The Friends is a volunteer organization dedicated to preserving, restoring and interpreting the historical character of the railroad. In 1970 when the states of Colorado and New Mexico jointly purchased 64 miles of the Denver & Rio Grande Western narrow gauge railroad between Antonito, Colorado and Chama, New Mexico, they acquired a large collection of historic buildings and rolling stock. While the railroad is owned by the states of New Mexico and Colorado, the day to day operations are handled by a contracted operator who is responsible for the upkeep of the equipment needed for daily operations, and for the track. Unfortunately this organizational structure did not provide for the maintenance of the unused historic equipment and buildings, nor for the interpretation of the history of the railroad to the visiting public. The Friends were created to fill this need.
By 1980, ten years after the birth of the C&TS, much of the unused historic property was falling into decay. Recognizing the need to do something, Albuquerque attorney, Bill Lock, approached the railroad about establishing a volunteer preservation program. Their first project was an old refrigerator car body in Chama that had once served as a bunk house. In 1981 Lock and a friend spent a day and a half performing minor carpentry repairs and repainting the car. The following year Lock and a few more friends returned to renovate caboose No. 0503, the only caboose the C&TS was allowed to purchase from the Rio Grande. Focusing on the historic D&RGW rolling stock in the Chama yard, these weekend work parties grew year by year, to the point that some 70 volunteers participated in 1987. In 1988 the Friends of the Cumbres & Toltec Scenic Railroad was incorporated, setting the stage for an impressive string of achievements.
The Friends also returned several pieces of rolling stock to home rails, including a rare D&RGW short refrigerator car, six double-deck sheep cars, and two D&RGW passenger coaches. Most exciting, however, was the return of six former UTLX narrow gauge tank cars. Built by the D&RGW between 1924 and 1930, these cars were among 50 or so that hauled oil into the early 1960s between Chama and a refinery in Alamosa, Colorado. None of these cars were available from the D&RGW when the the C&TS was created in 1970--a notable omission since the Chama yard still has an oil loading dock.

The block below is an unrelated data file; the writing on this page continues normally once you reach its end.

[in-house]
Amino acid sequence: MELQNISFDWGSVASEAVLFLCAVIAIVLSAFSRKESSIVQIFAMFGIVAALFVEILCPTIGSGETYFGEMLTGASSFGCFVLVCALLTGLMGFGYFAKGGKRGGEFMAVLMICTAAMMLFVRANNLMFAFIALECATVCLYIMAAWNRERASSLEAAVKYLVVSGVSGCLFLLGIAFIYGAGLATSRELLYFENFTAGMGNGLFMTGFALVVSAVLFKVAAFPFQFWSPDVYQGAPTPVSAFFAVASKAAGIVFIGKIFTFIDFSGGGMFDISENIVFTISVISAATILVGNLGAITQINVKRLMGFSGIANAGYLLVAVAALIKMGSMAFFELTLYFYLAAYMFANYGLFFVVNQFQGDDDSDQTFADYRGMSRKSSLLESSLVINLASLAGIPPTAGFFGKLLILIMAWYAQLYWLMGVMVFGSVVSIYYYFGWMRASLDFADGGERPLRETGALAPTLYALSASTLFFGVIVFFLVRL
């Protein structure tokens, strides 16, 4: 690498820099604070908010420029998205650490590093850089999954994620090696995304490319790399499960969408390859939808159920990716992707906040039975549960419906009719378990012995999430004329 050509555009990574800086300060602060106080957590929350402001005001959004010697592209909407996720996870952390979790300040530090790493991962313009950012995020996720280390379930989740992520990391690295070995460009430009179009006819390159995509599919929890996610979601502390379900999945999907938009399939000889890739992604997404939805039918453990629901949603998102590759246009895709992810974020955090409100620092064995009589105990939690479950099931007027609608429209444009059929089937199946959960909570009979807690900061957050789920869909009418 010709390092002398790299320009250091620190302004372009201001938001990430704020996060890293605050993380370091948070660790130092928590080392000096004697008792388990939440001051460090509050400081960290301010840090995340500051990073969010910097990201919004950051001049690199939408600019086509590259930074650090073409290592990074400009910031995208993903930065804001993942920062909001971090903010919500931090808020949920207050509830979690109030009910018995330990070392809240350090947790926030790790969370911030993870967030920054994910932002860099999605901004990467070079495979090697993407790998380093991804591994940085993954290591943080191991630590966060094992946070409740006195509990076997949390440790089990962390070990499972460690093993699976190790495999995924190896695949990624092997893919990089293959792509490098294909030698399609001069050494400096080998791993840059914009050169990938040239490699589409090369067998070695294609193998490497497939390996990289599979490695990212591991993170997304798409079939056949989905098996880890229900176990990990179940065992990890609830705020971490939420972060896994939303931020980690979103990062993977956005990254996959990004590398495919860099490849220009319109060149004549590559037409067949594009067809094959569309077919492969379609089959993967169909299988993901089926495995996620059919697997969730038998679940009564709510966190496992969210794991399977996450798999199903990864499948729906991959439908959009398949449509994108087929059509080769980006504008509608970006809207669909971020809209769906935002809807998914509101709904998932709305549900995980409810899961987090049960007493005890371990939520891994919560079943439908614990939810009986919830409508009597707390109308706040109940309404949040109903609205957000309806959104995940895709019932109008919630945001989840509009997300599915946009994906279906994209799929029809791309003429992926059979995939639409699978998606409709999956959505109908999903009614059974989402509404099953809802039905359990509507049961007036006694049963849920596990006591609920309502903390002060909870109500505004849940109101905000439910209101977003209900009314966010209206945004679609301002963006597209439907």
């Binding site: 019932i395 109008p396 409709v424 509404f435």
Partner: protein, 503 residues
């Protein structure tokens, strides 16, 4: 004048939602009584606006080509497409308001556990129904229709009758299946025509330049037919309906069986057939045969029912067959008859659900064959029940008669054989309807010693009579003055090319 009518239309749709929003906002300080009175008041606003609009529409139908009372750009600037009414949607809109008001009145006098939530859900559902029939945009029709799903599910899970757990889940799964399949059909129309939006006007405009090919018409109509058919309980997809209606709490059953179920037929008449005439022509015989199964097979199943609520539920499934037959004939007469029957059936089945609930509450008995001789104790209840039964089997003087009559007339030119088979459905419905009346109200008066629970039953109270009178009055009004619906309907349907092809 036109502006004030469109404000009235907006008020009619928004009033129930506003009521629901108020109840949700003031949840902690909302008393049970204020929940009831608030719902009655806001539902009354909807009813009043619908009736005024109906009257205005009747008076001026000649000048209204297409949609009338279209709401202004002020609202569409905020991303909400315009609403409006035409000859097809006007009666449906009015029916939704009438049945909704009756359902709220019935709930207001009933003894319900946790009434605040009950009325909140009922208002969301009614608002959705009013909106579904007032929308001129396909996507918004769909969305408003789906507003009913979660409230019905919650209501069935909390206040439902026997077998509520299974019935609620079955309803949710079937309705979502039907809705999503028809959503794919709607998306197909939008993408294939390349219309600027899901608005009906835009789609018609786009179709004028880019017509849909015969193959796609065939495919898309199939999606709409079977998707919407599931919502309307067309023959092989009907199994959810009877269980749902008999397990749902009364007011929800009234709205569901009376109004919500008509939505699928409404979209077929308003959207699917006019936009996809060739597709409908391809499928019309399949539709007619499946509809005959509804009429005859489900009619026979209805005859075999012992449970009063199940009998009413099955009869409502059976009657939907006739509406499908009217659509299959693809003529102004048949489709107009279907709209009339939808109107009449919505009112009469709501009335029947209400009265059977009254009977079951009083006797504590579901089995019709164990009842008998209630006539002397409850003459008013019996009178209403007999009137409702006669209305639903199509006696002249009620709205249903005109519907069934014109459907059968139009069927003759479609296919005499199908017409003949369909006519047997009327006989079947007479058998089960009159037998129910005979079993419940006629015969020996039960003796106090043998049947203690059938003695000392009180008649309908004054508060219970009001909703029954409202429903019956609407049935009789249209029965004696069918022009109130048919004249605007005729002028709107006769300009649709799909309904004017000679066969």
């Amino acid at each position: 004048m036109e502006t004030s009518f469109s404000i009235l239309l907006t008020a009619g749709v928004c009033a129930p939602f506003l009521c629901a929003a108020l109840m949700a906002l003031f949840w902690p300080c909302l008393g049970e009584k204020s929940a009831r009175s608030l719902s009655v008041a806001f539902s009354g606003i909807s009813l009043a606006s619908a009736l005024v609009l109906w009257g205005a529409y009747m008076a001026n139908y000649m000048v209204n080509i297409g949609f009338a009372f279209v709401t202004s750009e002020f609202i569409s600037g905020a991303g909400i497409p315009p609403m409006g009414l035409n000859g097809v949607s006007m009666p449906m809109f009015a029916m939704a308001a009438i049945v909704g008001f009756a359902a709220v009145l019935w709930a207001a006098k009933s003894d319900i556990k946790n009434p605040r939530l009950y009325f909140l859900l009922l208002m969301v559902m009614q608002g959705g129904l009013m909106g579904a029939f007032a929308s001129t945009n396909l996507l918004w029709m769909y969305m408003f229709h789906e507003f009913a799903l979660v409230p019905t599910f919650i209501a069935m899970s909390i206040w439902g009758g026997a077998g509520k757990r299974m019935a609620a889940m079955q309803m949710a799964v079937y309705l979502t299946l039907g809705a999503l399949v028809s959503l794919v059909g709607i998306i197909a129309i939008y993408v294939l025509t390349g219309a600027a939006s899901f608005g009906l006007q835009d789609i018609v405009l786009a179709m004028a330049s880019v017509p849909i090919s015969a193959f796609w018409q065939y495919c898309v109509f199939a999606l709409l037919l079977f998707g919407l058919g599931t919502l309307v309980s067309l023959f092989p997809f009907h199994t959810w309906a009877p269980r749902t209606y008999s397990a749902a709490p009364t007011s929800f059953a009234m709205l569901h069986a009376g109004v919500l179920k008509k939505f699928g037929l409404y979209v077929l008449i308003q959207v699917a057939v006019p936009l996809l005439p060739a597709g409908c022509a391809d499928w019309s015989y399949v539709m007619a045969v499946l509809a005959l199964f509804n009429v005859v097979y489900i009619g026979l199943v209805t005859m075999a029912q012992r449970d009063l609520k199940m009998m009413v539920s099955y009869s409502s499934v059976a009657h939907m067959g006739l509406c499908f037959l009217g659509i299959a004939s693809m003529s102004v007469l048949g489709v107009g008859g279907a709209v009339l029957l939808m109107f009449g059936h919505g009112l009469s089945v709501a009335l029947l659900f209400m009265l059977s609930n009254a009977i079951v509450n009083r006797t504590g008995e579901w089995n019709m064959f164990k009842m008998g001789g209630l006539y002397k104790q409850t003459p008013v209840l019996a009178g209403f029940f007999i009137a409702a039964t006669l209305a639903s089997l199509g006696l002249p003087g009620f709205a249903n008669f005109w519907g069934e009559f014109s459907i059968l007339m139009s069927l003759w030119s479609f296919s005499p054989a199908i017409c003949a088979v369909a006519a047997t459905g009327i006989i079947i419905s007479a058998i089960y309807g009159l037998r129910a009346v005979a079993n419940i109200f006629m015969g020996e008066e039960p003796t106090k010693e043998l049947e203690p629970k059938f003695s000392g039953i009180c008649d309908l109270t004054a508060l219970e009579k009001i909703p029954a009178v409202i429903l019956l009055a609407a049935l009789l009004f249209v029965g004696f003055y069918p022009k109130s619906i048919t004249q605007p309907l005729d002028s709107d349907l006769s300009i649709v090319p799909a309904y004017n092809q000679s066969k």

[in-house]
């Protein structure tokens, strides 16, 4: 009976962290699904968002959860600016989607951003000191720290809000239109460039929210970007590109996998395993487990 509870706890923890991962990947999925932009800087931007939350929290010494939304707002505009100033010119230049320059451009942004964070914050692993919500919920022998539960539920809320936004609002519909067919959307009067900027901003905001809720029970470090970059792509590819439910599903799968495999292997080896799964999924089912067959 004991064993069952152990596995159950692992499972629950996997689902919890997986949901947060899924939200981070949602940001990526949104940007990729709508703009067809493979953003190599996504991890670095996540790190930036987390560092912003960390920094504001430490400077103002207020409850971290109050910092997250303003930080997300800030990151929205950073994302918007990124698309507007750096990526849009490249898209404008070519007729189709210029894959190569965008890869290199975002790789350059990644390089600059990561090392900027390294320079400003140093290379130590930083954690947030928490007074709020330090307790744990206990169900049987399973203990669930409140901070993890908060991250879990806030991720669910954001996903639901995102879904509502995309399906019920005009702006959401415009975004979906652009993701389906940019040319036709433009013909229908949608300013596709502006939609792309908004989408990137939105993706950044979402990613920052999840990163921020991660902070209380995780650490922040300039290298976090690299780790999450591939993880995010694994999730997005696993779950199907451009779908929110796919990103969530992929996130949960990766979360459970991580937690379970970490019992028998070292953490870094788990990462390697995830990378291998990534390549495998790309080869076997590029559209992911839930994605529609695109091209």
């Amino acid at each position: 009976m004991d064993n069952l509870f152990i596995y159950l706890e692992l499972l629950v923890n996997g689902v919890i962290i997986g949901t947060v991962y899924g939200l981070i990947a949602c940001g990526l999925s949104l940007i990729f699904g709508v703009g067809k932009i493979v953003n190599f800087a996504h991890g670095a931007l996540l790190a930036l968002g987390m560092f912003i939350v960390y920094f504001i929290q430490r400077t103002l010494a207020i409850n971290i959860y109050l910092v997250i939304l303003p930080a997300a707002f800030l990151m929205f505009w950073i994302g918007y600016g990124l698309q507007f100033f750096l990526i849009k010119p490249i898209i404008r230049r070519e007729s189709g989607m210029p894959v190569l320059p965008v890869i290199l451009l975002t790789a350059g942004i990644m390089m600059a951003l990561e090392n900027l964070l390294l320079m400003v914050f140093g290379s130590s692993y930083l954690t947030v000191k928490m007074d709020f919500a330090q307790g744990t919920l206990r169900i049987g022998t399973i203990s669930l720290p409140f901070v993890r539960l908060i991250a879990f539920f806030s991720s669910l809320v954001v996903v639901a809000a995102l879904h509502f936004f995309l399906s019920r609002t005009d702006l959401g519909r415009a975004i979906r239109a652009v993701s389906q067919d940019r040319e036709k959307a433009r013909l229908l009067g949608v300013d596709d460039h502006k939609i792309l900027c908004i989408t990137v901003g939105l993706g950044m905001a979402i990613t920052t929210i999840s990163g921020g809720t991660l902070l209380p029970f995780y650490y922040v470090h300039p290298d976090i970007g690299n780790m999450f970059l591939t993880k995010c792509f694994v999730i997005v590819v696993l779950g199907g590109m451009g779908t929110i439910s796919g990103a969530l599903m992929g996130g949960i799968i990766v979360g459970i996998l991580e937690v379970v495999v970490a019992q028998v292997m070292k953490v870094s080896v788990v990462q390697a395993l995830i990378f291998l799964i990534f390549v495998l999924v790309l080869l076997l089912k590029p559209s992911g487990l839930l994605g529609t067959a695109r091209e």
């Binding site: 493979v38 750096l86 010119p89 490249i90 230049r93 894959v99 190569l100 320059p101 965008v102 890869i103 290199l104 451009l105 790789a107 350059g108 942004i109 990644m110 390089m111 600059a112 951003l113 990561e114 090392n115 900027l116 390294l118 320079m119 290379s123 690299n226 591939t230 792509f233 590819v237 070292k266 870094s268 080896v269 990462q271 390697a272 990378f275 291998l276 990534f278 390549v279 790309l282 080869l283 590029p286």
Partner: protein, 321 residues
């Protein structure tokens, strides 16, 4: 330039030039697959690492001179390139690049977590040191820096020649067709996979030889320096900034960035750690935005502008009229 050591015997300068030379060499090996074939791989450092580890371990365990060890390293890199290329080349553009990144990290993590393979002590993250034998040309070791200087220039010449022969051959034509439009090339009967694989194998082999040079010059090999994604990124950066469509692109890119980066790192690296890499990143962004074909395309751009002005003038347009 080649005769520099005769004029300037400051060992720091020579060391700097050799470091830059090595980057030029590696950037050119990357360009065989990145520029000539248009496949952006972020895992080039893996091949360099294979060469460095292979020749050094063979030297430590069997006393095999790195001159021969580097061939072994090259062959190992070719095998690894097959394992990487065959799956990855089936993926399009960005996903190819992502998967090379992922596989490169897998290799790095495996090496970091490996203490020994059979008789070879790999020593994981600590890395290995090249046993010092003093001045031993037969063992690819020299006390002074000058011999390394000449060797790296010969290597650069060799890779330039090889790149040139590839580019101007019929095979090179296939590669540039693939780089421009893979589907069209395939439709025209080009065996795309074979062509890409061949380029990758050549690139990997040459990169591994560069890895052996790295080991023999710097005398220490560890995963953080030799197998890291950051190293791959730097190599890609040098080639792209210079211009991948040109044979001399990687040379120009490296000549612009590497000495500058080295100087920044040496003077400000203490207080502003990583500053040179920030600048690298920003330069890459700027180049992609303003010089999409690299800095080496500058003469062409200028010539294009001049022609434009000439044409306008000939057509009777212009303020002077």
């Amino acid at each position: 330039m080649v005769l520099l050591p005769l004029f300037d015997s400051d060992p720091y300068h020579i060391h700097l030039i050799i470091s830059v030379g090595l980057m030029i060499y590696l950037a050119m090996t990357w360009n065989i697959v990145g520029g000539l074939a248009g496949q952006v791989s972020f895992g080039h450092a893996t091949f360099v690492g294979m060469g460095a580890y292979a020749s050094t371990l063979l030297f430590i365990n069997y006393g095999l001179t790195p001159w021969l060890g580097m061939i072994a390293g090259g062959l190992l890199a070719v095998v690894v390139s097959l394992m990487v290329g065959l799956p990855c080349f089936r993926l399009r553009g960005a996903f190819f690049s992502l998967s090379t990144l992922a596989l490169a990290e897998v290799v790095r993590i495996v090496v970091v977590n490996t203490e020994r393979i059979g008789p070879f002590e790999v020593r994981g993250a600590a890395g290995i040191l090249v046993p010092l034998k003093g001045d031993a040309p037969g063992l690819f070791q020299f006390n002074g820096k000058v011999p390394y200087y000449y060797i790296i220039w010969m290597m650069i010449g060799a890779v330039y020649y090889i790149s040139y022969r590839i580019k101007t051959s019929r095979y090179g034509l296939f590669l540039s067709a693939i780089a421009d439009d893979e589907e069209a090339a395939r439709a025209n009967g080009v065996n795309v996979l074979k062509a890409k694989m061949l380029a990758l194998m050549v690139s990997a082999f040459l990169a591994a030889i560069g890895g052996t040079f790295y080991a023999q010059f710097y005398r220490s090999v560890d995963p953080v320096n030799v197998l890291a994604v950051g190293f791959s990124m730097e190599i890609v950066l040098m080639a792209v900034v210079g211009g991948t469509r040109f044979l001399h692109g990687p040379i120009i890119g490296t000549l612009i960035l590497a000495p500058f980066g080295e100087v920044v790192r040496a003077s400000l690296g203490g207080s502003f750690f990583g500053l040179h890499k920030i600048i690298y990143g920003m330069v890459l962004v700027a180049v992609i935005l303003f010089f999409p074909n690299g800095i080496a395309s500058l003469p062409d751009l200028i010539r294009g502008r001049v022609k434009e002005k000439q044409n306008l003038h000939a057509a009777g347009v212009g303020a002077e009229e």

As the Friends matured as an organization, inerpreting the railroad and presenting the history of the area to the public became a major goal. In that light, the Friends designed and provide free of charge a walking tour of the facilities at both Chama and Antonito. Tens of thousands of walking tours, in both English and Spanish, have been printed and distributed to the public. The Friends have also established a docent program to provide interpretation and information to passengers riding the trains.
Today, the Friends is an organization of nearly 2100 members from all 50 states, and from several countries overseas. The Friends conducts six week-long work sessions each year--two each in May, June and August--involving hundreds of volunteers, many of whom participate in more than one session. The scope of the work includes the traditional Friends activities of car restoration and painting, the stabilization and restoration of virtually all of the historic structures along the line, general clean-up and aesthetic improvement of the property, and interpretation of the railroad.
We have established a site in Colorado Springs that host ongoing restoration projects. That crew has completed restoration on the OB Pile Driver and are currently working on restoring a Pullman Sleeper Car.
The Friends of the C&TS completed a three year project to help the Alder Gulch operation in Montana stabilize narrow gauge car bodies and also move standard gauge equipment on site.